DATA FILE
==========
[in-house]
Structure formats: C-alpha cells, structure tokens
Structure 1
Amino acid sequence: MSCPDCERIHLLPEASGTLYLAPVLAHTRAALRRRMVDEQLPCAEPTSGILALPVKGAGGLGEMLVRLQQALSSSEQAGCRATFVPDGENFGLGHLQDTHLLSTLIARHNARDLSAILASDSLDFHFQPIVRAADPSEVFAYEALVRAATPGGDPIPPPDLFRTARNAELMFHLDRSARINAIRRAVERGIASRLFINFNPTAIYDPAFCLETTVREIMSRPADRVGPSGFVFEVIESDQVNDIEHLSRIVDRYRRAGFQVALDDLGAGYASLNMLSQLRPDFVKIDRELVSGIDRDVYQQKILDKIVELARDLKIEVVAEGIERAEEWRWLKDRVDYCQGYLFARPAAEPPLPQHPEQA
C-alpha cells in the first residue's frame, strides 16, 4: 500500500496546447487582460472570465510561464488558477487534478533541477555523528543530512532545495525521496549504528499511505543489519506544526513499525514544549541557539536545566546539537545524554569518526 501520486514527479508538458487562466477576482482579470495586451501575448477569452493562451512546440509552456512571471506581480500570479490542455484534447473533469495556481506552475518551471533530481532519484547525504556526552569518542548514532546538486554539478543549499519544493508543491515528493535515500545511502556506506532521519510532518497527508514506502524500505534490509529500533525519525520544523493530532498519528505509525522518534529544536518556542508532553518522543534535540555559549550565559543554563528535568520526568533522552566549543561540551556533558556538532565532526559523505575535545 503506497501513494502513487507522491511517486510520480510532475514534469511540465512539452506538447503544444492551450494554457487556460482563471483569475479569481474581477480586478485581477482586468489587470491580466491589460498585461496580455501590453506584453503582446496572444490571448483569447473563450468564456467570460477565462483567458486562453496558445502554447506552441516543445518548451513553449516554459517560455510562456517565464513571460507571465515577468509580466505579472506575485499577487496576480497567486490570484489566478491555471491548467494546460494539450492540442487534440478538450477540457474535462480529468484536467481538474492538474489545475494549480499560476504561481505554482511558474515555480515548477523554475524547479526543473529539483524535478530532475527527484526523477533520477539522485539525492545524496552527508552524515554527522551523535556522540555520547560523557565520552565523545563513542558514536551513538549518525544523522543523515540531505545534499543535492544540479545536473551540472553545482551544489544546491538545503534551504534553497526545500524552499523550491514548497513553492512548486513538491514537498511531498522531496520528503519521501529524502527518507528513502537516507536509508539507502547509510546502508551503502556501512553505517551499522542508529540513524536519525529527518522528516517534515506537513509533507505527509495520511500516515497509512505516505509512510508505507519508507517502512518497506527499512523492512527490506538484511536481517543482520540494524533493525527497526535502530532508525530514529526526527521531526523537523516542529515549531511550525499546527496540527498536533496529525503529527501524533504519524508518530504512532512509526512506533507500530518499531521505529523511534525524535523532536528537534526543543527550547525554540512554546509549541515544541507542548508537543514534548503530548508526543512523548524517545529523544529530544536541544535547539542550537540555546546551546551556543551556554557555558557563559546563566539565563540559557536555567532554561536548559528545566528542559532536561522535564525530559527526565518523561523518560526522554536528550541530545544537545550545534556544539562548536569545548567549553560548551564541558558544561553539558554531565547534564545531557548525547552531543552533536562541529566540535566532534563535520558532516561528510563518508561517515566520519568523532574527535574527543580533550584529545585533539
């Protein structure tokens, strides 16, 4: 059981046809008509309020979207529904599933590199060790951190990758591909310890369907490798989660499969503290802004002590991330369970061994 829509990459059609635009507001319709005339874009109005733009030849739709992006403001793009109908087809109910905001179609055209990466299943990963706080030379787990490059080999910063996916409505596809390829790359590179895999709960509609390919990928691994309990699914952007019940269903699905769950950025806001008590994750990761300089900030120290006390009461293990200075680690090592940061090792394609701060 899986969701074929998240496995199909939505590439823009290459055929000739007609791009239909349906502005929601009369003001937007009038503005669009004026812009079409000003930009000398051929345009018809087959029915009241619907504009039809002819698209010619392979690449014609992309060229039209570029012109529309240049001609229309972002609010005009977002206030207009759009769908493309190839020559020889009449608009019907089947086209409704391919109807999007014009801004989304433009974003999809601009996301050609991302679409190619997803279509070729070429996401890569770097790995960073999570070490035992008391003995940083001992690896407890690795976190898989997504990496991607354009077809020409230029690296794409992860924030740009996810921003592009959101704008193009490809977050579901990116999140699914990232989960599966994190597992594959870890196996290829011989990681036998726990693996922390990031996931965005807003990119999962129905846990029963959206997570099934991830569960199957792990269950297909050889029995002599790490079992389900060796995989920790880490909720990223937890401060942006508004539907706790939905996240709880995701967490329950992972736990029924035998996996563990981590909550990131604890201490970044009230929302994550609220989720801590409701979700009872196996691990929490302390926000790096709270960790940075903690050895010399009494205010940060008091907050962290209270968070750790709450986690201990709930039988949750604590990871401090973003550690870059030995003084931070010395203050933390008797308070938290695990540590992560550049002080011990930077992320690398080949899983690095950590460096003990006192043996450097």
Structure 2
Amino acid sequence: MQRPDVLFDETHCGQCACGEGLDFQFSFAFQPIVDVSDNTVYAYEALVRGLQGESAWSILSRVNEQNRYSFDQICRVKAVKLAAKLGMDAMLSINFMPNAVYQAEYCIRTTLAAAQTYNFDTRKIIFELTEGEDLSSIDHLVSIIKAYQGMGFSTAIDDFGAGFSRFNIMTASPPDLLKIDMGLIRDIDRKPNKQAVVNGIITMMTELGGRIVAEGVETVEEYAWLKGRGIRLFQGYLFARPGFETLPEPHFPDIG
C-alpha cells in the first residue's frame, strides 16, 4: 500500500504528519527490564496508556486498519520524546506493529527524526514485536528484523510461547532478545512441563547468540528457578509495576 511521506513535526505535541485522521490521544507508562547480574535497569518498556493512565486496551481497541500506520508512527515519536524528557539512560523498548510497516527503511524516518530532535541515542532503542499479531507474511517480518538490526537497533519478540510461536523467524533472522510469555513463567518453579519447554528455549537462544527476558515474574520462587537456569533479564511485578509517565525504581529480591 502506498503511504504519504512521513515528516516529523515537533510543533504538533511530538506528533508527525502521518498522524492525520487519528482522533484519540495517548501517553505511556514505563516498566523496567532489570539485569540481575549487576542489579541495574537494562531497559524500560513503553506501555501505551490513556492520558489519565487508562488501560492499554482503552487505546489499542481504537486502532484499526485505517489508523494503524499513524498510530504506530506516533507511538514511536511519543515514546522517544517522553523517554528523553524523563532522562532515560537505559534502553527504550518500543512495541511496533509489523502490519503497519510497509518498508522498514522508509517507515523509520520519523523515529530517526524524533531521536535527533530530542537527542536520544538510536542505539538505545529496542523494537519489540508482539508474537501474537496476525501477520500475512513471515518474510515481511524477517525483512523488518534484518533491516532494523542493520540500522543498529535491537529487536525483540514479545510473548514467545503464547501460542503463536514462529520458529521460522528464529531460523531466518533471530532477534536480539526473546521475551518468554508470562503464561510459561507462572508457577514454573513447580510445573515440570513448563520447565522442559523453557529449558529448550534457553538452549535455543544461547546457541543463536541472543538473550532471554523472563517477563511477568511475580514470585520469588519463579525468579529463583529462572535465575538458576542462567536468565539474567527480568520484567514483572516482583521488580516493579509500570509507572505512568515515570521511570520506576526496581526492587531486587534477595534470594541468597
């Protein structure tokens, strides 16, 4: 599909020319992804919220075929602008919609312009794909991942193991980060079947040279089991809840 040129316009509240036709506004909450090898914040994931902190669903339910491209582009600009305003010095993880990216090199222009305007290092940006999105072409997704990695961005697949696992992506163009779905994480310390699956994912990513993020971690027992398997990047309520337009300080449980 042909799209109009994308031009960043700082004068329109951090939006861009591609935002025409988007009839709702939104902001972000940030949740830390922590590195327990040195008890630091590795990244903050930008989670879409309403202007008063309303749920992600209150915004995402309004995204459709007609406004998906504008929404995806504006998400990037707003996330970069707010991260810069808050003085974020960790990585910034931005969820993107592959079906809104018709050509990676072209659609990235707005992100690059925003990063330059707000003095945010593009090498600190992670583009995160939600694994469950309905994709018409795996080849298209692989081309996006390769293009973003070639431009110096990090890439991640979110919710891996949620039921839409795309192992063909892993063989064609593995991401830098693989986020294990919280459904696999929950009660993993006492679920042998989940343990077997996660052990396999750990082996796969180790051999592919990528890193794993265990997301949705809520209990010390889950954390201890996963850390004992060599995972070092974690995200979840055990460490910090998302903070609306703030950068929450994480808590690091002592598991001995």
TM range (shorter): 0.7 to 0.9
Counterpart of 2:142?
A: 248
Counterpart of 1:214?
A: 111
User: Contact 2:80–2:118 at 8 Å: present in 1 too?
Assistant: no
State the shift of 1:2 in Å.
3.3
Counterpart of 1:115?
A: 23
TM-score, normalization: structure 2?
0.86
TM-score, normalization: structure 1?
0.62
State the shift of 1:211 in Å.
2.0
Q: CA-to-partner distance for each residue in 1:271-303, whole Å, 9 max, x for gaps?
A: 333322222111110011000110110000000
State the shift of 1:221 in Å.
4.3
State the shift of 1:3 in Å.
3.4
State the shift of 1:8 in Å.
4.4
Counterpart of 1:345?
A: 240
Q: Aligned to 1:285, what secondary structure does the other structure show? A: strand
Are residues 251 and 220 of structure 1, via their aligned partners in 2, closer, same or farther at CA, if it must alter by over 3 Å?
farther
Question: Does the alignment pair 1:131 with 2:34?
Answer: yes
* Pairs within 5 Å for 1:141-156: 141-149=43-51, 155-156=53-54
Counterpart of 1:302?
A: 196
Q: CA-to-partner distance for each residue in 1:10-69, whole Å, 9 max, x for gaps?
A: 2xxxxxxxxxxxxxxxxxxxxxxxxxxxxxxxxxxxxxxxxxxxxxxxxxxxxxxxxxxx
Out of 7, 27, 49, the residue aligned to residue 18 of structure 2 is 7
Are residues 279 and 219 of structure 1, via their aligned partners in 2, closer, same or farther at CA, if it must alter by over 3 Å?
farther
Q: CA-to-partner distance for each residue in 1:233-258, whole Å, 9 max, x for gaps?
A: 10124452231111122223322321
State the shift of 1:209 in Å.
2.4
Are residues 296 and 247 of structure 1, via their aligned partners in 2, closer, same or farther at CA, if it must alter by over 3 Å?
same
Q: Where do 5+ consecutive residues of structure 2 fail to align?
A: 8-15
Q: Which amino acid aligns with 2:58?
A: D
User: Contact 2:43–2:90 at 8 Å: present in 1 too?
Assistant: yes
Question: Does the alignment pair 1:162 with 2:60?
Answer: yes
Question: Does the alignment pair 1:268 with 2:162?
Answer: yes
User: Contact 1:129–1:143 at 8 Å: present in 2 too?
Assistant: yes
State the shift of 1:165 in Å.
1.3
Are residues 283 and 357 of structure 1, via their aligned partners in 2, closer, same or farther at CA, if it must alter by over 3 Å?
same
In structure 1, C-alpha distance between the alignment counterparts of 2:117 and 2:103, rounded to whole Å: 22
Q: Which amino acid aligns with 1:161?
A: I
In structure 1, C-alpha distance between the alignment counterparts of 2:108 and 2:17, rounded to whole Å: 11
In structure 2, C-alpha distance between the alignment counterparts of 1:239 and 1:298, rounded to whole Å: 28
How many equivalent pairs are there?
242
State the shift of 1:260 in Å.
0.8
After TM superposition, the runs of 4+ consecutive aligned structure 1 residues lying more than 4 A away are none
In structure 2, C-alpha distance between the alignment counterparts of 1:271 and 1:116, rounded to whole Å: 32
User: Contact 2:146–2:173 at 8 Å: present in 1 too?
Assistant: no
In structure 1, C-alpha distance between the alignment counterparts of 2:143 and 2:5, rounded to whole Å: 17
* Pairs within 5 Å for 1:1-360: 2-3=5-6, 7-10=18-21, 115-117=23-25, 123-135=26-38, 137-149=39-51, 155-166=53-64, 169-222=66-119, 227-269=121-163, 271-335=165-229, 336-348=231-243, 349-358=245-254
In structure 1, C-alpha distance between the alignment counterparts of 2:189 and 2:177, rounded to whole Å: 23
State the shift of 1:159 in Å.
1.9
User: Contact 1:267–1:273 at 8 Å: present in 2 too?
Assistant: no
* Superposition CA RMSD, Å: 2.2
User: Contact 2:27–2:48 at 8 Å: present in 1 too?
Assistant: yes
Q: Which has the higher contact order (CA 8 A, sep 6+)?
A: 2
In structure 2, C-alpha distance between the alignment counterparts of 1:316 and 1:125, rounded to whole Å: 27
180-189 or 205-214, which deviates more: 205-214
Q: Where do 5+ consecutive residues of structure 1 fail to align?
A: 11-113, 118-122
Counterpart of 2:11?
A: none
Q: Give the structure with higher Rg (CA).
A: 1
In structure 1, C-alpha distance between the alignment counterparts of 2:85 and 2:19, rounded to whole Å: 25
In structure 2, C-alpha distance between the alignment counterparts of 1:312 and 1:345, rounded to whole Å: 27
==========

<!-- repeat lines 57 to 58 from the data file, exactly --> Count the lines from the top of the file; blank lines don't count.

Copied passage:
Q: Where do 5+ consecutive residues of structure 2 fail to align?
A: 8-15